Between music and speech: The relationship between Gregorian and Hebrew chant

B. Elan Dresher


This paper looks at two chanting traditions: the Gregorian recitation formula for chanting the psalms and similar texts, and Biblical Hebrew cantillation, the traditional form of public reading of the Torah. The first impression of these kinds of chanting is that they are forms of singing. Both chanting and singing require a manipulation of pitches different from ordinary speaking. But the relation between words and music in chanting is fundamentally different from singing a tune. I will take the view that chanting derives from tendencies inherent in ordinary speech, and is rather a stylized form of intonation. I will discuss the structure of Gregorian recitation formulas known as psalm tones and show their connection with ordinary intonation. I will then consider the Biblical Hebrew cantillation. I will show that the two kinds of chant follow similar principles, though with large differences in the extent to which these principles are elaborated.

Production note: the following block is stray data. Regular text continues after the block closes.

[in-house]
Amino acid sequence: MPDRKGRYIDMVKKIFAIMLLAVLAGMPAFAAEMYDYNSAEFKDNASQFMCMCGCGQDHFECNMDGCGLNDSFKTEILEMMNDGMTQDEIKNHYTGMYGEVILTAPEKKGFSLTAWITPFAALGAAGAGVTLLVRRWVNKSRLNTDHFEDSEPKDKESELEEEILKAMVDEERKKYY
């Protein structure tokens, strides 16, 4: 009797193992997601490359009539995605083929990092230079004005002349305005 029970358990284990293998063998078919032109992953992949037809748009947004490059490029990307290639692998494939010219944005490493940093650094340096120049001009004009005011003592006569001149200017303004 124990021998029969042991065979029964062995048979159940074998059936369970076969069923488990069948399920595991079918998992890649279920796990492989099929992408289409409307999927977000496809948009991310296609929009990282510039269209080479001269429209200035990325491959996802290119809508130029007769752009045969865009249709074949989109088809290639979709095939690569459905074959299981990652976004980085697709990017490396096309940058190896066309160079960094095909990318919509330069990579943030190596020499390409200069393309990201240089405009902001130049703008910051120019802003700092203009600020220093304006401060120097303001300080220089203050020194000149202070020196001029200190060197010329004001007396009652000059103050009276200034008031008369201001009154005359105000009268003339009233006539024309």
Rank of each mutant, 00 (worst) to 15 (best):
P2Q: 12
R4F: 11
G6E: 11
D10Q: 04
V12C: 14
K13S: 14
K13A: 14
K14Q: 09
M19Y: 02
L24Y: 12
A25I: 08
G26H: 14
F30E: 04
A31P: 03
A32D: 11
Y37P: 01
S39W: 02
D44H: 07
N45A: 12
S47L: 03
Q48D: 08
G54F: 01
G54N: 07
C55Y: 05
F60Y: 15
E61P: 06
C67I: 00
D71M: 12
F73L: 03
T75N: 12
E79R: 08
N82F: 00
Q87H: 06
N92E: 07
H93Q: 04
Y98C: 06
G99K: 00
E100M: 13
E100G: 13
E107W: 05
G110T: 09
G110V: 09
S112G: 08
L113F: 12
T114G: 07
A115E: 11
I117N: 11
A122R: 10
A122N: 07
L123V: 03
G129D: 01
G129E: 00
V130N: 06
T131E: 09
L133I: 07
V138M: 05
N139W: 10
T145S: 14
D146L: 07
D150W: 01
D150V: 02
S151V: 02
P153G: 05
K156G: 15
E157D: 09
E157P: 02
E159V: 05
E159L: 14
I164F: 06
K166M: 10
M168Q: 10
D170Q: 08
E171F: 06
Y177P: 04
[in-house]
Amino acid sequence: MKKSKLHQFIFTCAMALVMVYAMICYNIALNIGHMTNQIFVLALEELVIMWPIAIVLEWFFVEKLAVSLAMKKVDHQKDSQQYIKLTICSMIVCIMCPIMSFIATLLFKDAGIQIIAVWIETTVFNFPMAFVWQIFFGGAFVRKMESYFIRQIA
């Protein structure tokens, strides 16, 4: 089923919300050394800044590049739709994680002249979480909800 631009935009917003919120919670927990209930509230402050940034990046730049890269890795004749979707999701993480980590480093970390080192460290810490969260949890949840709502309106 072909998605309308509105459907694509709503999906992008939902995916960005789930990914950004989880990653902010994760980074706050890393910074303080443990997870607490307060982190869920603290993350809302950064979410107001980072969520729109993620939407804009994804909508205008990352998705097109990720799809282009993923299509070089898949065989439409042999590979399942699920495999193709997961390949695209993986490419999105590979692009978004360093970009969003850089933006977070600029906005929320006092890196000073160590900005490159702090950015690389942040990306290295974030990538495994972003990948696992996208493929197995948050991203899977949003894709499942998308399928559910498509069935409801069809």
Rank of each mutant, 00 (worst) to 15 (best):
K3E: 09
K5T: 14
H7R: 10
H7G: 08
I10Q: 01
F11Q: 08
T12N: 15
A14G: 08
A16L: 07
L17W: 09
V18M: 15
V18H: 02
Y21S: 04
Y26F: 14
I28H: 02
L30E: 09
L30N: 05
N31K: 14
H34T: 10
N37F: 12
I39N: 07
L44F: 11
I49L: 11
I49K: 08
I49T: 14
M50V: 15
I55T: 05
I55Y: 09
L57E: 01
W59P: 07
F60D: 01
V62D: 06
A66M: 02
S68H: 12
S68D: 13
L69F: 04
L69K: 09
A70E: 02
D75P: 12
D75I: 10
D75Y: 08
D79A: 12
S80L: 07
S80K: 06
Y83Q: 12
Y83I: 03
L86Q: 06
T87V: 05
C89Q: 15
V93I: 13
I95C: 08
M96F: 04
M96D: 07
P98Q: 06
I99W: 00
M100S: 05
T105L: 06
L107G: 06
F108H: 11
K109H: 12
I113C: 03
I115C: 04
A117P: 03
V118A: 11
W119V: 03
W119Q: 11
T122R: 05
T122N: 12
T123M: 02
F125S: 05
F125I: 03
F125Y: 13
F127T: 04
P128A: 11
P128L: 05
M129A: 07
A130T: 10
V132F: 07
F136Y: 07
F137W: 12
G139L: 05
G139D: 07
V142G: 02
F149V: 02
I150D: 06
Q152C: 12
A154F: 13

Georgian Chant; Hebrew Chant; Syllable Structure; Intonation; Tone; Notation

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